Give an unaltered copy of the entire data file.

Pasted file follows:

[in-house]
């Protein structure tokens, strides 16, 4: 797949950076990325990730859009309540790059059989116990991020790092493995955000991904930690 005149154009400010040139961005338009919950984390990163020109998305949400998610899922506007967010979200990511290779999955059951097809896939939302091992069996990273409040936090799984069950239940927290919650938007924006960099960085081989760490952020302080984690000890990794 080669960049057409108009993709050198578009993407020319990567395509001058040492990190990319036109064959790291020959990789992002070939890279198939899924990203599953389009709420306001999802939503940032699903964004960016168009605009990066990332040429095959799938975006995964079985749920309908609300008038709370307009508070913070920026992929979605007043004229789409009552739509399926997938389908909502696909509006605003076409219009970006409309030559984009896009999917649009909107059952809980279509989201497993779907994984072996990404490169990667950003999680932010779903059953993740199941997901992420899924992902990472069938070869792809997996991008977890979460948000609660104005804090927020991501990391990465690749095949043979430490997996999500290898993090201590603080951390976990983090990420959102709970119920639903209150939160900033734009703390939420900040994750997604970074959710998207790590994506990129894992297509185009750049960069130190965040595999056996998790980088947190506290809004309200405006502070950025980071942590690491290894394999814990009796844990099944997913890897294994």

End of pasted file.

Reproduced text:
[in-house]
């Protein structure tokens, strides 16, 4: 797949950076990325990730859009309540790059059989116990991020790092493995955000991904930690 005149154009400010040139961005338009919950984390990163020109998305949400998610899922506007967010979200990511290779999955059951097809896939939302091992069996990273409040936090799984069950239940927290919650938007924006960099960085081989760490952020302080984690000890990794 080669960049057409108009993709050198578009993407020319990567395509001058040492990190990319036109064959790291020959990789992002070939890279198939899924990203599953389009709420306001999802939503940032699903964004960016168009605009990066990332040429095959799938975006995964079985749920309908609300008038709370307009508070913070920026992929979605007043004229789409009552739509399926997938389908909502696909509006605003076409219009970006409309030559984009896009999917649009909107059952809980279509989201497993779907994984072996990404490169990667950003999680932010779903059953993740199941997901992420899924992902990472069938070869792809997996991008977890979460948000609660104005804090927020991501990391990465690749095949043979430490997996999500290898993090201590603080951390976990983090990420959102709970119920639903209150939160900033734009703390939420900040994750997604970074959710998207790590994506990129894992297509185009750049960069130190965040595999056996998790980088947190506290809004309200405006502070950025980071942590690491290894394999814990009796844990099944997913890897294994």